The Data Security Act is written to allow businesses in different sectors to adapt security measures to fit their specific businesses. Indeed, regulatory enforcement would be scattered among various agencies including the Federal Trade Commission, the Comptroller of the Currency, the Federal Reserve System, the Federal Deposit Insurance Corp., the National Credit Union Administration, the Securities and Exchange Commission, the Commodity Futures Trading Commission, the Office of Federal Housing Enterprise Oversight and state insurance authorities.

Entities covered by the Health Insurance Portability and Accountability Act and the Health Information Technology for Economic and Clinical Health Act - HIPAA and HITECH, respectively - would be exempt from the Data Security Act provisions.

Bankers generally favor the Data Security Act because it's modeled on existing laws applicable to the smallest credit unions and largest banks, Steven Zeisel, executive vice president of the Consumer Bankers Association, wrote in an article published on Zeisel contends the bill would apply security standards that are proportional to the type of information the business holds. "If a company is collecting your information to aid quicker check-outs or marketing, it should be held to a higher standard than one that is not," he says.

Retailers Voice Opposition

But that existing model that works for banks won't necessarily transfer to other businesses and would prove burdensome, Jennifer Safavian, an executive vice president at the Retail Industry Leaders Association, a trade group, says in a Dec. 8 letter sent to the committee's leaders. One provision she cites would require employees who touch sensitive account information, defined as a credit or debit card, to first pass a criminal background check.

"Haphazardly slapping rules that were written 15 years ago for the financial industry on retailers, restaurants and thousands of small businesses is not the kind of data security legislation that will safeguard our economy," Safavian says. "This is red tape masquerading as security."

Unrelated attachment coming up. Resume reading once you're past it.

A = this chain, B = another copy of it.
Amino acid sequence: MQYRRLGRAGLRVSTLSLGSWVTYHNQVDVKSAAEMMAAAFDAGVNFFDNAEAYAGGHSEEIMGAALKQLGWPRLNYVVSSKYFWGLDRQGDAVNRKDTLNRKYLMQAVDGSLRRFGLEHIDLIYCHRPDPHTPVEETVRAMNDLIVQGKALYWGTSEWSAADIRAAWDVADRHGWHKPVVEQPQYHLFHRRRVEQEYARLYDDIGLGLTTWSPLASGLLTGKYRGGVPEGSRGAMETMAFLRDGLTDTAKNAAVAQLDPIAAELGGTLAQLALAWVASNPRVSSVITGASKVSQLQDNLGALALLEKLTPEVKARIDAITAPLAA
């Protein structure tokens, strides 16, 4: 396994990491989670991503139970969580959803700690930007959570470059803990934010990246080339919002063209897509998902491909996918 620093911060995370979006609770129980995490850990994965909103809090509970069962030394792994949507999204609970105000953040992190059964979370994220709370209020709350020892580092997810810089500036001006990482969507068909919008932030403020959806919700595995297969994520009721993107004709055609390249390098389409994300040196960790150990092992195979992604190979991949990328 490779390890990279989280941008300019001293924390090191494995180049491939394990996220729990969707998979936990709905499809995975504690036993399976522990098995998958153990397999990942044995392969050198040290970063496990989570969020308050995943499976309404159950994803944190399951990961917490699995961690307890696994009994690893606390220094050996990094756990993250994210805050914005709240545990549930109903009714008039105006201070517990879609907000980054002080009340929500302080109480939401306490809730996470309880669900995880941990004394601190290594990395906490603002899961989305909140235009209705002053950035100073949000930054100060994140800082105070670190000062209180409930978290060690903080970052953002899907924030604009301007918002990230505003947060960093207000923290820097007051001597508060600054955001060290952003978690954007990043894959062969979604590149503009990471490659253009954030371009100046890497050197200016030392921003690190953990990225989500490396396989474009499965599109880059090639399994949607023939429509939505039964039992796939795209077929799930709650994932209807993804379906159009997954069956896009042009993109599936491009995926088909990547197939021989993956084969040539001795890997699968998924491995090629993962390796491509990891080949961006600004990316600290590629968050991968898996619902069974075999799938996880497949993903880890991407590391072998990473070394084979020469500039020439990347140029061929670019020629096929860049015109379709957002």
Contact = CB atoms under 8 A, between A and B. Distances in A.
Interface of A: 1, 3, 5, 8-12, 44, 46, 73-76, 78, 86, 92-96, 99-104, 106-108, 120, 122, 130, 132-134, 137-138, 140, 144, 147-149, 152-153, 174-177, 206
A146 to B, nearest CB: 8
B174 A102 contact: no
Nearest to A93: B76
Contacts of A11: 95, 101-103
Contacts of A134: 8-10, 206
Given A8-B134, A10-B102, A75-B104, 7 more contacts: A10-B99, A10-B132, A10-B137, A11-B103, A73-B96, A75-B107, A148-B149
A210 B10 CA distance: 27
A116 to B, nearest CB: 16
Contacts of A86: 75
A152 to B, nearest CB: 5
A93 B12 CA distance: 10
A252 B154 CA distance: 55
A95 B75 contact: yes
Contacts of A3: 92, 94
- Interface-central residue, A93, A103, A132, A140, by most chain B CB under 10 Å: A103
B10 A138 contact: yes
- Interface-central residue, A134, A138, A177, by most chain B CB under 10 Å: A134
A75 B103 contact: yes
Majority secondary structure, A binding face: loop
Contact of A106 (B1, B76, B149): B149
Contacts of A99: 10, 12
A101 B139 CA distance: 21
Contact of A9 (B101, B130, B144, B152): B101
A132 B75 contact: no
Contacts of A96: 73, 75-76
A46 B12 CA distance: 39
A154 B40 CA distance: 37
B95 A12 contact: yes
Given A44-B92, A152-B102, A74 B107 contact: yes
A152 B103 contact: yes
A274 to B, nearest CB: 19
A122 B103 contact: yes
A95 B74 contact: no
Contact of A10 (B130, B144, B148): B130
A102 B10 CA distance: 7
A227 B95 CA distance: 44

The bill also specifically identifies security controls organizations should adopt, including those involving access controls and restrictions, use of encryption of sensitive information and monitoring systems. "Permanently codifying new standards will hinder efforts by retailers and other industries to adapt to an evolving threat landscape," Safavian says.

Privacy advocates and consumer protection groups contend the legislation would weaken consumer protections. In a Dec. 7 letter to the committee's leaders, a collection of 17 privacy and consumer protection groups wrote that the Data Security Act would squelch new and developing state laws that extend data security and breach notification protections to online account login information, including email accounts and cloud photo storage. The letter also says the legislation would eliminate virtually all avenues of redress for consumers. "If this bill were to pass, state attorneys general would be limited to seeking civil penalties and injunctive relief, even in cases where consumers suffer extensive harm as a result of a breach of highly sensitive information," the letter says. "This would provide harmed consumers with no relief."

About the Author

Eric Chabrow

Eric Chabrow

Retired Executive Editor, GovInfoSecurity

Chabrow, who retired at the end of 2017, hosted and produced the semi-weekly podcast ISMG Security Report and oversaw ISMG's GovInfoSecurity and InfoRiskToday. He's a veteran multimedia journalist who has covered information technology, government and business.